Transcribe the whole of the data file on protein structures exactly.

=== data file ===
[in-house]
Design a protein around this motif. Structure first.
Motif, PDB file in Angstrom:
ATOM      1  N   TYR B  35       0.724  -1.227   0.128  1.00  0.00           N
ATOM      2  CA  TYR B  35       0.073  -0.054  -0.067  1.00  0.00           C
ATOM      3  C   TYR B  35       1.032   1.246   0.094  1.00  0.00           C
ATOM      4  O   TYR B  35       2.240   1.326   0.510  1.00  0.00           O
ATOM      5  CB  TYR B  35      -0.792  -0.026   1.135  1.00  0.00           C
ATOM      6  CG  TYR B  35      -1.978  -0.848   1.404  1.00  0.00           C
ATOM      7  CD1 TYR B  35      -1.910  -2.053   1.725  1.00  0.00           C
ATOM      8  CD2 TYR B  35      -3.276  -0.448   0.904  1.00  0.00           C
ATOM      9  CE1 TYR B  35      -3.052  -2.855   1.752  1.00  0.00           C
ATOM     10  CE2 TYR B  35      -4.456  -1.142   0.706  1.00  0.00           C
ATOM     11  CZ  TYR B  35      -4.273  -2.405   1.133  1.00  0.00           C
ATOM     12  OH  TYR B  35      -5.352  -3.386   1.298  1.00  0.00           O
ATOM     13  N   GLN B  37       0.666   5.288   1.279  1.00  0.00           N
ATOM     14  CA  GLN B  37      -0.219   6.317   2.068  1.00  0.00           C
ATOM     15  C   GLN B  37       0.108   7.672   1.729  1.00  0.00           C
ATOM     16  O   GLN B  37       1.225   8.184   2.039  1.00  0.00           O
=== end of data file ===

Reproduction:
[in-house]
Design a protein around this motif. Structure first.
Motif, PDB file in Angstrom:
ATOM      1  N   TYR B  35       0.724  -1.227   0.128  1.00  0.00           N
ATOM      2  CA  TYR B  35       0.073  -0.054  -0.067  1.00  0.00           C
ATOM      3  C   TYR B  35       1.032   1.246   0.094  1.00  0.00           C
ATOM      4  O   TYR B  35       2.240   1.326   0.510  1.00  0.00           O
ATOM      5  CB  TYR B  35      -0.792  -0.026   1.135  1.00  0.00           C
ATOM      6  CG  TYR B  35      -1.978  -0.848   1.404  1.00  0.00           C
ATOM      7  CD1 TYR B  35      -1.910  -2.053   1.725  1.00  0.00           C
ATOM      8  CD2 TYR B  35      -3.276  -0.448   0.904  1.00  0.00           C
ATOM      9  CE1 TYR B  35      -3.052  -2.855   1.752  1.00  0.00           C
ATOM     10  CE2 TYR B  35      -4.456  -1.142   0.706  1.00  0.00           C
ATOM     11  CZ  TYR B  35      -4.273  -2.405   1.133  1.00  0.00           C
ATOM     12  OH  TYR B  35      -5.352  -3.386   1.298  1.00  0.00           O
ATOM     13  N   GLN B  37       0.666   5.288   1.279  1.00  0.00           N
ATOM     14  CA  GLN B  37      -0.219   6.317   2.068  1.00  0.00           C
ATOM     15  C   GLN B  37       0.108   7.672   1.729  1.00  0.00           C
ATOM     16  O   GLN B  37       1.225   8.184   2.039  1.00  0.00           O